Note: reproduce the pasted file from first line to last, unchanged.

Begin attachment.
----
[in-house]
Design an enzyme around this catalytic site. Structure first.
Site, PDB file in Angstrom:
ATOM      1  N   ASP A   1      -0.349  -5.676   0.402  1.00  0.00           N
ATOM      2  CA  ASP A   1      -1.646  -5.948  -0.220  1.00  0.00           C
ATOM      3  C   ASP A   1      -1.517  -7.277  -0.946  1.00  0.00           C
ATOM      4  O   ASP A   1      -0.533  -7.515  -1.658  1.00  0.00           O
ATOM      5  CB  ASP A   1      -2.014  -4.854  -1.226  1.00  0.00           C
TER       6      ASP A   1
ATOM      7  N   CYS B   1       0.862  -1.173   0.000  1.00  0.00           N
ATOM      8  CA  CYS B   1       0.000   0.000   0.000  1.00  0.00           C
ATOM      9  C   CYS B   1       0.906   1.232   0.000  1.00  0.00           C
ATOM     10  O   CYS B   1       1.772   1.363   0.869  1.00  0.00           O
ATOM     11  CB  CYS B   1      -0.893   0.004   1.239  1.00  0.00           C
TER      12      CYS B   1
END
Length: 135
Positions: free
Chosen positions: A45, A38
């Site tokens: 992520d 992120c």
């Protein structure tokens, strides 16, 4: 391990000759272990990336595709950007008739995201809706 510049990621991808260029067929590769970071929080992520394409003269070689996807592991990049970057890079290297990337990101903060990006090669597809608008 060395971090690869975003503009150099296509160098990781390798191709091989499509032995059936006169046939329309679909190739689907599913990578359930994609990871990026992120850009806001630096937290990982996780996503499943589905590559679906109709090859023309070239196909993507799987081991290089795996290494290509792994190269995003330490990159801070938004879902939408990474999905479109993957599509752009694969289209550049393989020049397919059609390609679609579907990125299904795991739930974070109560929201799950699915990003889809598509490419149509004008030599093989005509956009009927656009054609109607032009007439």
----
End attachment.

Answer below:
[in-house]
Design an enzyme around this catalytic site. Structure first.
Site, PDB file in Angstrom:
ATOM      1  N   ASP A   1      -0.349  -5.676   0.402  1.00  0.00           N
ATOM      2  CA  ASP A   1      -1.646  -5.948  -0.220  1.00  0.00           C
ATOM      3  C   ASP A   1      -1.517  -7.277  -0.946  1.00  0.00           C
ATOM      4  O   ASP A   1      -0.533  -7.515  -1.658  1.00  0.00           O
ATOM      5  CB  ASP A   1      -2.014  -4.854  -1.226  1.00  0.00           C
TER       6      ASP A   1
ATOM      7  N   CYS B   1       0.862  -1.173   0.000  1.00  0.00           N
ATOM      8  CA  CYS B   1       0.000   0.000   0.000  1.00  0.00           C
ATOM      9  C   CYS B   1       0.906   1.232   0.000  1.00  0.00           C
ATOM     10  O   CYS B   1       1.772   1.363   0.869  1.00  0.00           O
ATOM     11  CB  CYS B   1      -0.893   0.004   1.239  1.00  0.00           C
TER      12      CYS B   1
END
Length: 135
Positions: free
Chosen positions: A45, A38
């Site tokens: 992520d 992120c």
């Protein structure tokens, strides 16, 4: 391990000759272990990336595709950007008739995201809706 510049990621991808260029067929590769970071929080992520394409003269070689996807592991990049970057890079290297990337990101903060990006090669597809608008 060395971090690869975003503009150099296509160098990781390798191709091989499509032995059936006169046939329309679909190739689907599913990578359930994609990871990026992120850009806001630096937290990982996780996503499943589905590559679906109709090859023309070239196909993507799987081991290089795996290494290509792994190269995003330490990159801070938004879902939408990474999905479109993957599509752009694969289209550049393989020049397919059609390609679609579907990125299904795991739930974070109560929201799950699915990003889809598509490419149509004008030599093989005509956009009927656009054609109607032009007439």